Thursday 19 September 2019

Sinead Kissane: Serena Williams sabotages own equality battle with soft-porn photo shoot

By baring all, World No 1 reinforces sexist view that what women look like is more important than their achievements

'By baring (practically) all in this Swimsuit issue, Serena has loaded importance on her body parts rather than what her body enables her to do as a tennis player.'
'By baring (practically) all in this Swimsuit issue, Serena has loaded importance on her body parts rather than what her body enables her to do as a tennis player.'
Sinead Kissane

Sinead Kissane

'I've never actually worn a thong bikini . . . the thong is perfect, it really made me feel comfortable. I'm officially a thong girl now".

This quote isn't from a member of the Kardashian mob on their latest attempt to break the internet - it is a line from one of the best tennis players ever.

This week photos and a behind-the-scenes video of Serena Williams' shoot for the Sports Illustrated 'swimsuit issue' were published.

In one picture Serena is wearing a blue swimsuit lying on a beach with her arm behind her head, looking as uncomfortable and awkward as someone trying to scratch an itch on their back that they can't quite reach.

There is the highly original 'shower scene' photo of Serena in an itsy, bitsy, teeny, weeny bikini posing under a shower with her arms provocatively resting against a wooden stand (because, obvs, that's the way women stand under a shower after a day's work).

And there's the money shot of Serena pictured topless with her arms covering her breasts and wearing a thong. You see, she's officially a thong girl now.

The pictures broke a recent trend for Serena. She has done her bit in the past to raise the issue of equality in sport.

Last year she said she wants to "see people, the public, the press, other athletes in general, just realise and respect women for who they are and what we are and what we do".

In November she wrote an open letter about equality and equal pay: "Women have to break down many barriers on the road to success. One of those barriers is the way we are constantly reminded we are not men as if it is a flaw. We should always be judged by our achievements, not by our gender."

The exception to the last line, it seems, is when you want to get your kit off.

When an athlete like Serena goes from acing another Grand Slam to taking her clothes off for a magazine (just because the words 'Sports' and 'Swimsuit' are in the title, Sports Illustrated swimsuit issue doesn't make it anything other than soft porn) it shows success doesn't change some women's desire to be validated for how they look.

In the behind-the-scenes video, Serena says: "I want people to come away with the fact that its okay to be comfortable in your body. I feel like its okay to look strong, to be sexy and to be a woman."

Hold on Serena. So to look strong, sexy and to be a woman involves baring your butt and boobs? What happened to being "judged by our achievements and not by our gender" or was that way of thinking inconvenient for this kind of glamour photo-shoot?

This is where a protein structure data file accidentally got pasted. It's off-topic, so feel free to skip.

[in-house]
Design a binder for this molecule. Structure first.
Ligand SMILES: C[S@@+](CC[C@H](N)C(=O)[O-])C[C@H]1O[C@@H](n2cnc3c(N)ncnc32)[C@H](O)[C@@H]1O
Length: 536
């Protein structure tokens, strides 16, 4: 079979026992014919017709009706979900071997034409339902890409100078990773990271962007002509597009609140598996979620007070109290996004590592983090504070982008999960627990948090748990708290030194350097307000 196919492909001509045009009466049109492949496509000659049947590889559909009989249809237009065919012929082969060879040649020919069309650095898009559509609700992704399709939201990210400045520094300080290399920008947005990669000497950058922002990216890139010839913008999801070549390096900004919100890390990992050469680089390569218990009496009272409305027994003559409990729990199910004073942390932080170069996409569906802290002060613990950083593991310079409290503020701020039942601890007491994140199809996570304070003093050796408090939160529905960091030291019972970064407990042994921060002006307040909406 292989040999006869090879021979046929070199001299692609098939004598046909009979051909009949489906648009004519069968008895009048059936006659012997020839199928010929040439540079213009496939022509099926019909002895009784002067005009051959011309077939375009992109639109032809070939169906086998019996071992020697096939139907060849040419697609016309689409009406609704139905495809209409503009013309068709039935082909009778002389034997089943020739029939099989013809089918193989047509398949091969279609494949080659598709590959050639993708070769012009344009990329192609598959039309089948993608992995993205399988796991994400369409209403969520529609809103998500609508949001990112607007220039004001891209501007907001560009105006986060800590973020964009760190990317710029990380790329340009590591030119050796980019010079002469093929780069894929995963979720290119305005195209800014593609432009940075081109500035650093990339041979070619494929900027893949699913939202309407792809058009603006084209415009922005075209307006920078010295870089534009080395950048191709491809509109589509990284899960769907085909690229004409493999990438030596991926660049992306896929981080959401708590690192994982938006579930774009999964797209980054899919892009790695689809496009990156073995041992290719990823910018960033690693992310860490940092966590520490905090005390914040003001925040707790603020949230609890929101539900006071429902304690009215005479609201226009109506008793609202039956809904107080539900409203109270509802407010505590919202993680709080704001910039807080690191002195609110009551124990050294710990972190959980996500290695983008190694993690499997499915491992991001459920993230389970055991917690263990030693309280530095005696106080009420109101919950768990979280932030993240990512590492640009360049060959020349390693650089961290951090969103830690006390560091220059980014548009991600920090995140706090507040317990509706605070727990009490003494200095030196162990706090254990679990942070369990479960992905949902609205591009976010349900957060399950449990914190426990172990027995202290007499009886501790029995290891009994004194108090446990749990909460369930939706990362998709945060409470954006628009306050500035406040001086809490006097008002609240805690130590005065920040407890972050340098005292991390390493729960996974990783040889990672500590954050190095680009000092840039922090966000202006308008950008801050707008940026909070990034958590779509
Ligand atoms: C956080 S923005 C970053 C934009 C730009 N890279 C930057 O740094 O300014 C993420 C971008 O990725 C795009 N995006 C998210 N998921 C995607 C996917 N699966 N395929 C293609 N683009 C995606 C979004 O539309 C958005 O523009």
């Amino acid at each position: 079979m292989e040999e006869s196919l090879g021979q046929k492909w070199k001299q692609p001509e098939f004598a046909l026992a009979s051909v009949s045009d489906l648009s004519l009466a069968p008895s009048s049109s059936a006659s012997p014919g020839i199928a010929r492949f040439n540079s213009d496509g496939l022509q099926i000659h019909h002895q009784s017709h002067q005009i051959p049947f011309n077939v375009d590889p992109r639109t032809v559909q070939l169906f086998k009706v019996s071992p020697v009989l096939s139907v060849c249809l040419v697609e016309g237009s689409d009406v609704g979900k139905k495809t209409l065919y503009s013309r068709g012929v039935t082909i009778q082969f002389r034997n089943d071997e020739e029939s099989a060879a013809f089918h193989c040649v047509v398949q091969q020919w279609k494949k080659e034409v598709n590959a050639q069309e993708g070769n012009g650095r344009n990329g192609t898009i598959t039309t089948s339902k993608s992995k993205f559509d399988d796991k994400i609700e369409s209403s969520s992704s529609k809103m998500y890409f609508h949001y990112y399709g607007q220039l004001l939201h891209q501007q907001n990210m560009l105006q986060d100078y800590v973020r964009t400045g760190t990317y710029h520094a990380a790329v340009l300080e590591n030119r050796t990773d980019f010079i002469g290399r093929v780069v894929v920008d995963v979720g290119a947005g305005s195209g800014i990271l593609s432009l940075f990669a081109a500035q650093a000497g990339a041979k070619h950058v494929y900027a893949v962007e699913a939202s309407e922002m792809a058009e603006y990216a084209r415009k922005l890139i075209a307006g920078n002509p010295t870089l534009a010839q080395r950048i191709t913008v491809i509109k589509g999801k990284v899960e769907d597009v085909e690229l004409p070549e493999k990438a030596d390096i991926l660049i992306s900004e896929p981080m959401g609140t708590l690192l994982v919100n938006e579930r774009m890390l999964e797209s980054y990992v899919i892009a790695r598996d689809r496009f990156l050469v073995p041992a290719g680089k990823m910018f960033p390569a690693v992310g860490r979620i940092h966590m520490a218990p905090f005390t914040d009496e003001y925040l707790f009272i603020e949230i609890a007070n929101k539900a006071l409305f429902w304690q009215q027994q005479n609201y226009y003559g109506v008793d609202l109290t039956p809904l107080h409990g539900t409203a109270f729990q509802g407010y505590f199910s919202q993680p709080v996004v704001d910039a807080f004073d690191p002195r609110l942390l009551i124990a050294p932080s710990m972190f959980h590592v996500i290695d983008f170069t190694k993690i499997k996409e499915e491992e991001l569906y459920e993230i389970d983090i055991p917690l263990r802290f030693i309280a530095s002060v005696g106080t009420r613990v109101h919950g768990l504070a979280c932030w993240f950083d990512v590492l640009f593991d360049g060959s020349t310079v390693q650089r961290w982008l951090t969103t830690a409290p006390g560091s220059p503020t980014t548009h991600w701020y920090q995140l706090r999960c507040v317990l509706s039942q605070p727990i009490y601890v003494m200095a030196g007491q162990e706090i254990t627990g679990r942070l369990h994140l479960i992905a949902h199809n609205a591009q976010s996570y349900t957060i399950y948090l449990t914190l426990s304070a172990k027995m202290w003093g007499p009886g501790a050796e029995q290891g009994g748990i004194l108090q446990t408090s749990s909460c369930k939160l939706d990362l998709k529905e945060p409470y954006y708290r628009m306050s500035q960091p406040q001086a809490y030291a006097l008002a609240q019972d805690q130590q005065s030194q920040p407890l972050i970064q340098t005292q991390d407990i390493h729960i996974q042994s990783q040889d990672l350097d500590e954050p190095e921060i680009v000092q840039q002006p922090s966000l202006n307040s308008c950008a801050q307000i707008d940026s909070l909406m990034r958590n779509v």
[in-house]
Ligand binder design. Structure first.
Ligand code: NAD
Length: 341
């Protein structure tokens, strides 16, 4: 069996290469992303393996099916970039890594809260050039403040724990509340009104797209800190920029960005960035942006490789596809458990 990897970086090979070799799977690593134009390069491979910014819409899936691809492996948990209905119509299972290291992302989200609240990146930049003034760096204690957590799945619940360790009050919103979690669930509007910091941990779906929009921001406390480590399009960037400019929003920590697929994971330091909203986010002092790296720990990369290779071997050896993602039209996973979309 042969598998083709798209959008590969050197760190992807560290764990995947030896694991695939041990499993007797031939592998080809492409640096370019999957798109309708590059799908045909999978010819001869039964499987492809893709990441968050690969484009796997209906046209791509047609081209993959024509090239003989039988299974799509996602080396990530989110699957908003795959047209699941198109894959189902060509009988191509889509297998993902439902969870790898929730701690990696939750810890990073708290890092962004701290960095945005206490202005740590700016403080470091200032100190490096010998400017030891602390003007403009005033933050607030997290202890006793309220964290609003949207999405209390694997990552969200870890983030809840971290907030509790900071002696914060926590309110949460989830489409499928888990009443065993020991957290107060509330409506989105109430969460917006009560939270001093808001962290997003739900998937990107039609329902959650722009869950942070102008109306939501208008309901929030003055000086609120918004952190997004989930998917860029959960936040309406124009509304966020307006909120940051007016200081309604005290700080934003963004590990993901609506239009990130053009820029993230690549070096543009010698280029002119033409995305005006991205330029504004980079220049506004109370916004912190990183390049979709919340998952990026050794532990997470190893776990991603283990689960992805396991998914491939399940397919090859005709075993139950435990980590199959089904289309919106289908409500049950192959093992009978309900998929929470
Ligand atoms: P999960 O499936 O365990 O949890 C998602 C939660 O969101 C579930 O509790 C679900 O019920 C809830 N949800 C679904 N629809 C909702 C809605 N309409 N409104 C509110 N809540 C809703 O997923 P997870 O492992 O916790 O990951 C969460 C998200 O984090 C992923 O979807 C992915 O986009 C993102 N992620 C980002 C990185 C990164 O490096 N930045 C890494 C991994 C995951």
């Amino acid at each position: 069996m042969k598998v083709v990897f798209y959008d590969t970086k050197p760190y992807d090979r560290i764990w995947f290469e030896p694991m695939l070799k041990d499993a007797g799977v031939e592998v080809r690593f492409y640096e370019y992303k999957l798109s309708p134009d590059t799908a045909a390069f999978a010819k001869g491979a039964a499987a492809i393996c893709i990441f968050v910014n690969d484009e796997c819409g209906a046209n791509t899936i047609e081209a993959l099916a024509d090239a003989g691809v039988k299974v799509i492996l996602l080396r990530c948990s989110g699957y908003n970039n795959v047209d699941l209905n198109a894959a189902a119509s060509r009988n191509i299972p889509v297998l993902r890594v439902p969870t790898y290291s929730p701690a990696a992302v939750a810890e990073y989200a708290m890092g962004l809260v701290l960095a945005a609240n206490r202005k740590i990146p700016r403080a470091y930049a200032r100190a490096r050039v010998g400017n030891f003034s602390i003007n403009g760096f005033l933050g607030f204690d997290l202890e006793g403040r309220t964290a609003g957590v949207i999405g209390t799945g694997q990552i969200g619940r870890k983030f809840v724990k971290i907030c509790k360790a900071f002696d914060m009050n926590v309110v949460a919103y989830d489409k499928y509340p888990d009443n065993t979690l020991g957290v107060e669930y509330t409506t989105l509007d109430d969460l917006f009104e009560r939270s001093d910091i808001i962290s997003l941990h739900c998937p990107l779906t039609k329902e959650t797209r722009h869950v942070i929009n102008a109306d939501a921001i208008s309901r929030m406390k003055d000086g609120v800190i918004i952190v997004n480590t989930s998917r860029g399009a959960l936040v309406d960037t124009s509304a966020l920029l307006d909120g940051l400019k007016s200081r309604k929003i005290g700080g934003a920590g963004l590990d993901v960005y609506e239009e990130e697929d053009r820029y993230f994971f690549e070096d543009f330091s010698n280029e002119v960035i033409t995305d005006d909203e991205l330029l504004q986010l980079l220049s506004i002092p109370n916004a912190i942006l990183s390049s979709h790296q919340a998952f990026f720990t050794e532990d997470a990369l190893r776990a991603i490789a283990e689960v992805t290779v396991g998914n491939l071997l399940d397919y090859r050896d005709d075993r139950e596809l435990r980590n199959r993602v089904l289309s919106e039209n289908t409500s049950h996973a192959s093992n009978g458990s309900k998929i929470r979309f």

Why does Serena feel the need to wear barely-there bikinis to "be a woman" when the best advertisement she gives of being a woman is the way she plays?

Maybe, she doesn't want tennis to define her. It's hard to forget her sassy Sports Illustrated front page cover a few years ago when she had one high-heeled foot draped over the arm-rest of a golden throne. I even liked (not really) the way she danced (terribly) in Beyoncé's video Sorry.

But by baring (practically) all in this Swimsuit issue, Serena has loaded importance on her body parts rather than what her body enables her to do as a tennis player.

These kinds of photos are reductive, they're about how women look rather than about what women like Serena have to say (cos there ain't all that much going on in America these days).

These photos switch Serena into the traditional passive role for women who are objectified as things to be ogled.

The most laughable notion is that these photo-shoots are 'empowering' women as if they're something to celebrate.

To some, women like Serena who are not short of money, have fit athletic bodies and decide themselves to take their kit off is proof of how far women have come.

Oh please, it does nothing of the sort. It instead underlines the historical and societal value which continues to be placed on the way girls and women look, and girls and women's part in playing out that role.

Serena isn't the only tennis player in this Sports Illustrated issue. Eugenie Bouchard (hugging a big inflatable swan in one picture, for goodness sake) and Caroline Wozniacki (in the issue for the third year in a row, is there someone she's trying to impress?) are also giving readers a license to lust after them with their topless shots. I guess if you can't be the best, then at least try to be the most famous.

It is almost too easy to blame the folk at Sports Illustrated for enabling all this. A look through their Twitter timeline over the past few days and the rare times female sports stars got mentioned was when they were promoting this Swimsuit issue.

If sportswomen want to scratch an itch and take their kit off they become willing pawns for others to objectify and degrade. And instead of solely trading off their performances on the courts, they allow themselves become a commercialised version of 'sexy'. And we all know how that sells.

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